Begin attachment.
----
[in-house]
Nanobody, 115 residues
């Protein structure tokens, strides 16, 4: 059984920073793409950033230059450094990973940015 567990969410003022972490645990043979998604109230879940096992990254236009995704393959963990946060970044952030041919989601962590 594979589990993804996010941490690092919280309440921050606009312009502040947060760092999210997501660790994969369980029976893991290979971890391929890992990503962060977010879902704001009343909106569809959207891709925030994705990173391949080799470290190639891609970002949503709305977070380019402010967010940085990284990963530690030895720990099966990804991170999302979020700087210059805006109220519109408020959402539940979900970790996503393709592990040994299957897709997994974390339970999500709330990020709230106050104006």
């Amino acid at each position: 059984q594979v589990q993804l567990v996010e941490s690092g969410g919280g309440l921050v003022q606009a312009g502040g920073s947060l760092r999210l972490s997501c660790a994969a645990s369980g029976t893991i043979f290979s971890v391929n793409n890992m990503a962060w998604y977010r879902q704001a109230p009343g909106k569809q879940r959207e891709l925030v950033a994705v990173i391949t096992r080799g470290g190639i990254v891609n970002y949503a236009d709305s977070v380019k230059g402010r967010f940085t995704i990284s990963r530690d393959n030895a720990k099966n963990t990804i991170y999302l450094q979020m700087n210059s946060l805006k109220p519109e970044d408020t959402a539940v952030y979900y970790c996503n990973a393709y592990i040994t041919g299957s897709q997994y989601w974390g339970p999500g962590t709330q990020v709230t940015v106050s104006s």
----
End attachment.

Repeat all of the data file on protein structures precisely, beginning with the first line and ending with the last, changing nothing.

[in-house]
Nanobody, 115 residues
């Protein structure tokens, strides 16, 4: 059984920073793409950033230059450094990973940015 567990969410003022972490645990043979998604109230879940096992990254236009995704393959963990946060970044952030041919989601962590 594979589990993804996010941490690092919280309440921050606009312009502040947060760092999210997501660790994969369980029976893991290979971890391929890992990503962060977010879902704001009343909106569809959207891709925030994705990173391949080799470290190639891609970002949503709305977070380019402010967010940085990284990963530690030895720990099966990804991170999302979020700087210059805006109220519109408020959402539940979900970790996503393709592990040994299957897709997994974390339970999500709330990020709230106050104006």
């Amino acid at each position: 059984q594979v589990q993804l567990v996010e941490s690092g969410g919280g309440l921050v003022q606009a312009g502040g920073s947060l760092r999210l972490s997501c660790a994969a645990s369980g029976t893991i043979f290979s971890v391929n793409n890992m990503a962060w998604y977010r879902q704001a109230p009343g909106k569809q879940r959207e891709l925030v950033a994705v990173i391949t096992r080799g470290g190639i990254v891609n970002y949503a236009d709305s977070v380019k230059g402010r967010f940085t995704i990284s990963r530690d393959n030895a720990k099966n963990t990804i991170y999302l450094q979020m700087n210059s946060l805006k109220p519109e970044d408020t959402a539940v952030y979900y970790c996503n990973a393709y592990i040994t041919g299957s897709q997994y989601w974390g339970p999500g962590t709330q990020v709230t940015v106050s104006s």